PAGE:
A San Francisco church today filed suit against a nonprofit it founded to halt the proposed sale of a Western Addition building housing mostly Section 8 tenants and regain oversight.
The Third Baptist Church today filed a lawsuit and a temporary restraining order request in San Francisco Superior Court seeking to halt the proposed sale of the Frederick Douglas Haynes Gardens, a 104-unit building at 1049 Golden Gate Ave., by the nonprofit Third Baptist Gardens, Inc.
While Third Baptist Gardens Inc. was formed for the purpose of providing affordable housing, the church recently learned that Frederick Douglas Haynes Gardens was being advertised for sale with predicted market rate rents between $3,000 and $7,000 a month, the complaint filed today alleges. Currently, around 80 percent of tenants in the building receive Section 8 housing assistance vouchers from the federal government.
Tenants had not been told of the possible sale, church officials said.
Shortly after the lawsuit was filed today, attorneys for Third Baptist Gardens Inc. halted the sale to allow for talks between the two parties, and agreed not to renew efforts to sell without at least 20 days notice to the church, plaintiffs’ attorney Jonathan Holtzman said.
The lawsuit remains in effect, however, as the church works to reestablish oversight over the nonprofit, Holtzman said.
Third Baptist Gardens was formed by the Third Baptist Church in the 1960s to provide affordable housing and until recently provided regular updates to the church board, which included church members, according to the complaint.
However, in the past couple of years, the complaint alleges that Executive Director Rochelle Buford Williams began refusing to provide financial and operational information to the church and ousted a church member on the board without a properly conducted election.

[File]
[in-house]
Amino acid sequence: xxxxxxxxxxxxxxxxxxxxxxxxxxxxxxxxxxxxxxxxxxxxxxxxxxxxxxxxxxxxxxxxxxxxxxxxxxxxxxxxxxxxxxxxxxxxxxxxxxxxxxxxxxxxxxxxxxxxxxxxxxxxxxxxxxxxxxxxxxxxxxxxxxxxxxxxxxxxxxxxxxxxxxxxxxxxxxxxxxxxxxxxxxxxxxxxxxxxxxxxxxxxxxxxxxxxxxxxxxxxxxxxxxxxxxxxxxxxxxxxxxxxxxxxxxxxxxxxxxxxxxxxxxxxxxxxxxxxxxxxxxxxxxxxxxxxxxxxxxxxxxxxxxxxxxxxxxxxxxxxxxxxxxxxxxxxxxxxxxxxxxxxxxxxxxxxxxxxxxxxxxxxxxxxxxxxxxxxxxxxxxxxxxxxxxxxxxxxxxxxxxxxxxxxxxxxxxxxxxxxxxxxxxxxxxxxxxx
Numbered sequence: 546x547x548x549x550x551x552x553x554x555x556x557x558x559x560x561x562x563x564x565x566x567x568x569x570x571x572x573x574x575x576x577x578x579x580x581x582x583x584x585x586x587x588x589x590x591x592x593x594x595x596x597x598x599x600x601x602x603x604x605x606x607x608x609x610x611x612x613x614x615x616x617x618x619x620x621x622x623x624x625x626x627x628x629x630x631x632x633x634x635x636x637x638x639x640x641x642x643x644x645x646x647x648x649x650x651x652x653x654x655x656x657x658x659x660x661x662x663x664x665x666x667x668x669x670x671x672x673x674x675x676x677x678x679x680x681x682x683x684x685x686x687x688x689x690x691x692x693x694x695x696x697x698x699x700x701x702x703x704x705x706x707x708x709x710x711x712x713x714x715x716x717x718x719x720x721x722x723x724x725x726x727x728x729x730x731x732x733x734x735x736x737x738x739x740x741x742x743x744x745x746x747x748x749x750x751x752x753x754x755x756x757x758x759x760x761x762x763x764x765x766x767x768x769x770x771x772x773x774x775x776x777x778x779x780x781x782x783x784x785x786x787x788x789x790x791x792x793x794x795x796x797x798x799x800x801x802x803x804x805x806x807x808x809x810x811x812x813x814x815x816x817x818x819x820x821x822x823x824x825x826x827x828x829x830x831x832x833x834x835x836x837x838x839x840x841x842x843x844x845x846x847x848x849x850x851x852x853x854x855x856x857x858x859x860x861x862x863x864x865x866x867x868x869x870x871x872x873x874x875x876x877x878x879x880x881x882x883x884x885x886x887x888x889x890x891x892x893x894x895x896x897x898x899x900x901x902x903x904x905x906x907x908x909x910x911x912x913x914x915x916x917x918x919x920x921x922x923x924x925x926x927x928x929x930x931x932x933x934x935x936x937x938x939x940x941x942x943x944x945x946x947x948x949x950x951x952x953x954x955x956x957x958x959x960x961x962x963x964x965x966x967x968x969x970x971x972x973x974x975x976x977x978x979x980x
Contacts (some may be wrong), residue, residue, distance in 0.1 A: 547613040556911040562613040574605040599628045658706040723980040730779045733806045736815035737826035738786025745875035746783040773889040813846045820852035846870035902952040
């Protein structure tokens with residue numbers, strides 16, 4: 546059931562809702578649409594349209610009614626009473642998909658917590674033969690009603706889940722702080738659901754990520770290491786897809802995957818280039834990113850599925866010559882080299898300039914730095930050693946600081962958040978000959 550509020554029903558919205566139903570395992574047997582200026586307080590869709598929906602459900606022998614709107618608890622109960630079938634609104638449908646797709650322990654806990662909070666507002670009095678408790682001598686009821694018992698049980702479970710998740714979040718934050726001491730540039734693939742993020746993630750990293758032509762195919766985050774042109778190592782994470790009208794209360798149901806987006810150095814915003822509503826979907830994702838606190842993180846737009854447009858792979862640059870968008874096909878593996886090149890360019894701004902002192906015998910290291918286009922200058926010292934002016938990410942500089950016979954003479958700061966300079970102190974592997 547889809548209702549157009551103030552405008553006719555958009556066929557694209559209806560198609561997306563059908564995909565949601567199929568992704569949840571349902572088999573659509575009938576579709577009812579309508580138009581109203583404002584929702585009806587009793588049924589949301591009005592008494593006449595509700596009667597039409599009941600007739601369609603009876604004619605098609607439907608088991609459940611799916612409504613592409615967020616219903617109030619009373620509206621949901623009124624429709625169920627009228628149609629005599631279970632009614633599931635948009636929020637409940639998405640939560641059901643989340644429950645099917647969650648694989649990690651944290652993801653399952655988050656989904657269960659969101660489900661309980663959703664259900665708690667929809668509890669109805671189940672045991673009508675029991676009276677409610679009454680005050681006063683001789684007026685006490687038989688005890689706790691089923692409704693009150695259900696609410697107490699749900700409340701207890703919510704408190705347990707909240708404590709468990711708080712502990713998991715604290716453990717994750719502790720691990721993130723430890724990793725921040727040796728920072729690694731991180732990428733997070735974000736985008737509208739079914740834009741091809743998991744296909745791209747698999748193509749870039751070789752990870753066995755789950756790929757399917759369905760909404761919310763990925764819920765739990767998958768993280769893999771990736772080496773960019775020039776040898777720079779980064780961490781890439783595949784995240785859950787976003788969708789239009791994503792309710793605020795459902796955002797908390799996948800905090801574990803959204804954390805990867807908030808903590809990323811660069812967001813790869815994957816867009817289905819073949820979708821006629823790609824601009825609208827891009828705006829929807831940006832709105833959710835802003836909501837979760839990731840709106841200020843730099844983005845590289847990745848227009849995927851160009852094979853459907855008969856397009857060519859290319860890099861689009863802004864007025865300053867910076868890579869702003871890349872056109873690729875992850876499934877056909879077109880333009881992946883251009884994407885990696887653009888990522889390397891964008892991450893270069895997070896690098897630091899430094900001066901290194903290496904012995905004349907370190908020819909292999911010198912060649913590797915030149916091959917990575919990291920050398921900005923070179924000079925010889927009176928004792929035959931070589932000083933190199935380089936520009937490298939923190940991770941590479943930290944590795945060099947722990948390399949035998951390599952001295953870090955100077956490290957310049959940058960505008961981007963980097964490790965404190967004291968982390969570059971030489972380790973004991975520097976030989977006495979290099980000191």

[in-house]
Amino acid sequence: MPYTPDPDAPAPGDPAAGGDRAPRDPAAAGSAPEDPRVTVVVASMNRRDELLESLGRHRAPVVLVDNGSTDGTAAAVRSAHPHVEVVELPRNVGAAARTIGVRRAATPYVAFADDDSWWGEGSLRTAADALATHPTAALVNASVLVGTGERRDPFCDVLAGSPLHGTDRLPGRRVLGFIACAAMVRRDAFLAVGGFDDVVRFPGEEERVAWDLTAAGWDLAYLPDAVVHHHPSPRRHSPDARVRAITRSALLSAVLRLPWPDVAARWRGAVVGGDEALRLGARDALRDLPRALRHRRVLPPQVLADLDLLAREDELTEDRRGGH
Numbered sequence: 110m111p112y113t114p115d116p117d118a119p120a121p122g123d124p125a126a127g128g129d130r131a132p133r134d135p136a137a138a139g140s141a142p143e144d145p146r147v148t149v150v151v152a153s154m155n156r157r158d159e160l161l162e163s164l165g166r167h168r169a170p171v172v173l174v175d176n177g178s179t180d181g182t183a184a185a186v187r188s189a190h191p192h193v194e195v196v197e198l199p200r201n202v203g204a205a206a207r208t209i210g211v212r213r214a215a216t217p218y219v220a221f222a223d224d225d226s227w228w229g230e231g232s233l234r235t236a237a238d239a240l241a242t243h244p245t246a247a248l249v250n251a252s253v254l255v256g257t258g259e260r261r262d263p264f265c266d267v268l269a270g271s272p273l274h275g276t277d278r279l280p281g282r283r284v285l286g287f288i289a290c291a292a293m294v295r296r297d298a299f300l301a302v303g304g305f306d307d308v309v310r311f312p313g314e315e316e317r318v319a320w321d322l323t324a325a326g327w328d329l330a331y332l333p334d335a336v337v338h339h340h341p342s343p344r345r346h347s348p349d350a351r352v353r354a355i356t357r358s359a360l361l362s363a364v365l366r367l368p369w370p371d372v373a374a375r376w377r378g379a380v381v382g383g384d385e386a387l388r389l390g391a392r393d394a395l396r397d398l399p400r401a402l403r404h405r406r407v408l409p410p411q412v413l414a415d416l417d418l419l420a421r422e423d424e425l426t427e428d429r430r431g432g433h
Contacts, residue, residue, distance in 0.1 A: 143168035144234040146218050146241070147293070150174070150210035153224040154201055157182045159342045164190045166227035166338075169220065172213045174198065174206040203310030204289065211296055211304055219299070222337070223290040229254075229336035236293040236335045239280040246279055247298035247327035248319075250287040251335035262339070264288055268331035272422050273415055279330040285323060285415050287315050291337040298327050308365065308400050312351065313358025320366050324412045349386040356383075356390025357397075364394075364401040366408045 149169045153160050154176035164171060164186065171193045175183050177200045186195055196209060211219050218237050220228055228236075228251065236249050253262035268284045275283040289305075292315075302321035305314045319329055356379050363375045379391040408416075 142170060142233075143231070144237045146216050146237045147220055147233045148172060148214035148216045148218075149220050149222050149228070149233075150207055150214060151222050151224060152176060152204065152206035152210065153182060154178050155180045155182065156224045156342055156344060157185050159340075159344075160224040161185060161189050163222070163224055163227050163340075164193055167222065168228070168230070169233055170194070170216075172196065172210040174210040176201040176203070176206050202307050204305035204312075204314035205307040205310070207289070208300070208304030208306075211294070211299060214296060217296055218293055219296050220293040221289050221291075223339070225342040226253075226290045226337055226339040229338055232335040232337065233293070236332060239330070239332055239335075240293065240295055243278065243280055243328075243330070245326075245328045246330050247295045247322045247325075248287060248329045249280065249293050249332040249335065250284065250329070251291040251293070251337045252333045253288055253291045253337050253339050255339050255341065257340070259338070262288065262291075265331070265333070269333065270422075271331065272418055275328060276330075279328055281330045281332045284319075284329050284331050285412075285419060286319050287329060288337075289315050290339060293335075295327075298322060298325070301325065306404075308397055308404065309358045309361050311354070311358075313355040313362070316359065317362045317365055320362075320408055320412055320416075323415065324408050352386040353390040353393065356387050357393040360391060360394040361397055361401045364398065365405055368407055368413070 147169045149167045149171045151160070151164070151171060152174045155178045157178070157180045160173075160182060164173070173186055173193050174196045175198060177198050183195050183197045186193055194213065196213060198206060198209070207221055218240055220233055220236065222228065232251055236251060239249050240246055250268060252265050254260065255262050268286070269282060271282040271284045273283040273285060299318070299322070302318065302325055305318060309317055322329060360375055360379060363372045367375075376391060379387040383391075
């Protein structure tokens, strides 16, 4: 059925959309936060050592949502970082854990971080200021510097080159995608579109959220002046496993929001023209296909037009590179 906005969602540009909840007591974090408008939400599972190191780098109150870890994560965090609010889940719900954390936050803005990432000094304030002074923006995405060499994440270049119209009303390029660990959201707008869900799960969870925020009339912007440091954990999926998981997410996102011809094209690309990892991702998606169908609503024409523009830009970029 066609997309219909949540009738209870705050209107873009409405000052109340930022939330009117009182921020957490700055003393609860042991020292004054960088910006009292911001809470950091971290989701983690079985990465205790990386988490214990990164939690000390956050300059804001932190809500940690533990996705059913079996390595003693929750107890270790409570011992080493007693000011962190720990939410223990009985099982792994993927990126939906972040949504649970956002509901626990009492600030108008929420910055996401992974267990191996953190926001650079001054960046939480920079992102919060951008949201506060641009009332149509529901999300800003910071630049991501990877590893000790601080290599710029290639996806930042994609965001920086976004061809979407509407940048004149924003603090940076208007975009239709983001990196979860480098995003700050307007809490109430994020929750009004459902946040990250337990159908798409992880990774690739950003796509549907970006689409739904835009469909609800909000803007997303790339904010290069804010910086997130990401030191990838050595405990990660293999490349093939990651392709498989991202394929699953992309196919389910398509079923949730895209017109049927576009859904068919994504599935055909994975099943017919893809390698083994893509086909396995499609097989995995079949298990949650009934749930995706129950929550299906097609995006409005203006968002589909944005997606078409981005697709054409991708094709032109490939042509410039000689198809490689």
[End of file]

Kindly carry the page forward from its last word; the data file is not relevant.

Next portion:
He then persuaded two church board members in December 2014 to sign documents giving Third Baptist Gardens full authority over Frederick Douglas Haynes Gardens by arguing that federal housing authorities required the document. The members did so with the stipulation that the signatures required ratification by the full church board.
When the church board voted to reject the request for authority over the Gardens, the complaint alleges Williams submitted the document to federal authorities anyway. Church officials later learned that federal housing authorities had not required the signatures as Williams claimed, the complaint alleges.
The complaint alleges a breach of fiduciary duty and negligent and intentional misrepresentation and fraud.
Holtzman said the church now hopes to obtain the financial and operational reports it had been seeking, as well as a dialogue with the nonprofit leadership.
“I’m hoping that there will be a dialogue and that there’s an opportunity here to restore church oversight and an appropriate role for the church,” Holtzman said. “What this episode has made clear is that there is a huge need for oversight.”
The church, led by former San Francisco supervisor Amos Brown, has enlisted the support of Supervisor London Breed and former San Francisco City Attorney Louise Renne, whose firm Renne Sloan Holtzmann Sakai LLP filed the lawsuit, in its effort to stop the sale.
“Our clients are asking that TBG make a full and public accounting of the circumstances of this secret proposed sale,” attorney Renne said. “Because there are two tragedies with this case: one of these 104 working families who are at risk, and the larger issue of protecting San Francisco’s affordable housing safety net.”
Breed said she was working with Mayor Ed Lee and the Mayor’s Office of Housing on the situation.
“I want to send a strong message that this type of behavior is not acceptable in my district nor anywhere in the city,” Breed said in a statement.
Attempts to reach attorneys for Third Baptist Gardens Inc. this afternoon were unsuccessful.
Sara Gaiser, Bay City News